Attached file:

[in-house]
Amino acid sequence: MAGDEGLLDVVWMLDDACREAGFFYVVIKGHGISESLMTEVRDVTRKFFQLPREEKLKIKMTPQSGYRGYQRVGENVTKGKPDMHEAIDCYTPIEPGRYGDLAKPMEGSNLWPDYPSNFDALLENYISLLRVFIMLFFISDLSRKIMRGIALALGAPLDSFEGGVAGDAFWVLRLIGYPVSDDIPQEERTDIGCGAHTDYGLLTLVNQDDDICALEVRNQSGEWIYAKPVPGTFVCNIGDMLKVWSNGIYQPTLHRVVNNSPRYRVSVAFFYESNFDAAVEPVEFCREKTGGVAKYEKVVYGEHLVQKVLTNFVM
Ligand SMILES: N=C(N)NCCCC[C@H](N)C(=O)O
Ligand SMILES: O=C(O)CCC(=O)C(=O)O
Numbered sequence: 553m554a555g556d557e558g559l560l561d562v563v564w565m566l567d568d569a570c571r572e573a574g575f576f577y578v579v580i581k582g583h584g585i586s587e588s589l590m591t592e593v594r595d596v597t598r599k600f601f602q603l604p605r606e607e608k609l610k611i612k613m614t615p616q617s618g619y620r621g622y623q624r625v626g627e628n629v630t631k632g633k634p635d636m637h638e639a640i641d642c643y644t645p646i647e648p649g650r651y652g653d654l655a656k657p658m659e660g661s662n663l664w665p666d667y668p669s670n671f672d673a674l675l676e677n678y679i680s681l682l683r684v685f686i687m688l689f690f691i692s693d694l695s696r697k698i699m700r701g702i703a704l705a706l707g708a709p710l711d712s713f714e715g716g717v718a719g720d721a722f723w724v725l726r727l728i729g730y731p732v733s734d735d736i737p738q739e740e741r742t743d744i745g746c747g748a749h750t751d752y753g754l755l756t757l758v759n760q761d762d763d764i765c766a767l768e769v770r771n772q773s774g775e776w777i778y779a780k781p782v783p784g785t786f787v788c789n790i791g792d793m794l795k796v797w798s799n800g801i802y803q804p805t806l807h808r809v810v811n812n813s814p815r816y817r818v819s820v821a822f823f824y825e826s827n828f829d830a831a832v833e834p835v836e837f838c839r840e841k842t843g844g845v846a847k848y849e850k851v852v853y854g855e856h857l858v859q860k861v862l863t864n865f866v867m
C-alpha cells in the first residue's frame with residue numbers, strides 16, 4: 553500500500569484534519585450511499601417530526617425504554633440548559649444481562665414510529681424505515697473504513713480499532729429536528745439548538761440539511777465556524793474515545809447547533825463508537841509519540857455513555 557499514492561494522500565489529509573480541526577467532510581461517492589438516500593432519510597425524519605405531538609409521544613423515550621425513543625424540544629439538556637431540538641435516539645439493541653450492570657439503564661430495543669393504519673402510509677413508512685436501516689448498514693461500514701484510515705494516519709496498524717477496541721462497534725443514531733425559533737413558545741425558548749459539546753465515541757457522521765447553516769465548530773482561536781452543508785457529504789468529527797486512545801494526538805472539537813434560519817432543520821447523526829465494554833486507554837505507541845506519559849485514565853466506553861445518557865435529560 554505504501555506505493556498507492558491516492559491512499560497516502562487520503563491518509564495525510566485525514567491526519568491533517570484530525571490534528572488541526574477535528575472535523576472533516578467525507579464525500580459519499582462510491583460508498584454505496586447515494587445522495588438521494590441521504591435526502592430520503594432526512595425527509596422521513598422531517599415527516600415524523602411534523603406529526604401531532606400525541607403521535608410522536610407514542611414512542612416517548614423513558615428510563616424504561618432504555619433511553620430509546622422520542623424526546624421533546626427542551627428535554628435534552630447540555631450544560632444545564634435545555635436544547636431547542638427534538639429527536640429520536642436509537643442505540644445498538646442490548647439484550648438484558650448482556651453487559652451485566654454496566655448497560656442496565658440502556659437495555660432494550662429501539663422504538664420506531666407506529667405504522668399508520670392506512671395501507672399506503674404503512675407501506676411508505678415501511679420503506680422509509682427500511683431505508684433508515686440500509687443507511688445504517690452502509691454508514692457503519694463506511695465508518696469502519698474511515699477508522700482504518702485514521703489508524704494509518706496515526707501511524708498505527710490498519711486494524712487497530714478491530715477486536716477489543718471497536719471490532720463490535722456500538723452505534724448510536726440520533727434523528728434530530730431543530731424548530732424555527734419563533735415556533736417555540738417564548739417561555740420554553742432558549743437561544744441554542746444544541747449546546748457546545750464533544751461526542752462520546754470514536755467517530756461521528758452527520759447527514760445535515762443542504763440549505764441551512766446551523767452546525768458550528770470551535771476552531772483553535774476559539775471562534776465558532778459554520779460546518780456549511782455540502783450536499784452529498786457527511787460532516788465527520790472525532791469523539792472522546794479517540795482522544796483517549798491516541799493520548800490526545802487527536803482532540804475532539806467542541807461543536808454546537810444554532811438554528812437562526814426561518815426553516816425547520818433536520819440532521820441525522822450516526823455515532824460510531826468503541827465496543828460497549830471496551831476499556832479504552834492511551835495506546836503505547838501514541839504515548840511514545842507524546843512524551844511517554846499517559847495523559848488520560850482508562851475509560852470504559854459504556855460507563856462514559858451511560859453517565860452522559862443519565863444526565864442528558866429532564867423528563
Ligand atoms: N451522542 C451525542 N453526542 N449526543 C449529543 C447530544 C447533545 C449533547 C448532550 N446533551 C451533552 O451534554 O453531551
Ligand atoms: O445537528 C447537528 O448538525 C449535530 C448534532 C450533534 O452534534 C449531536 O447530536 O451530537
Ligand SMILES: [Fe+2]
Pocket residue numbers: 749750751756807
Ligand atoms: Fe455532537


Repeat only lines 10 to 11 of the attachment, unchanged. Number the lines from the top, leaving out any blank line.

Pocket residue numbers: 749750751756807
Ligand atoms: Fe455532537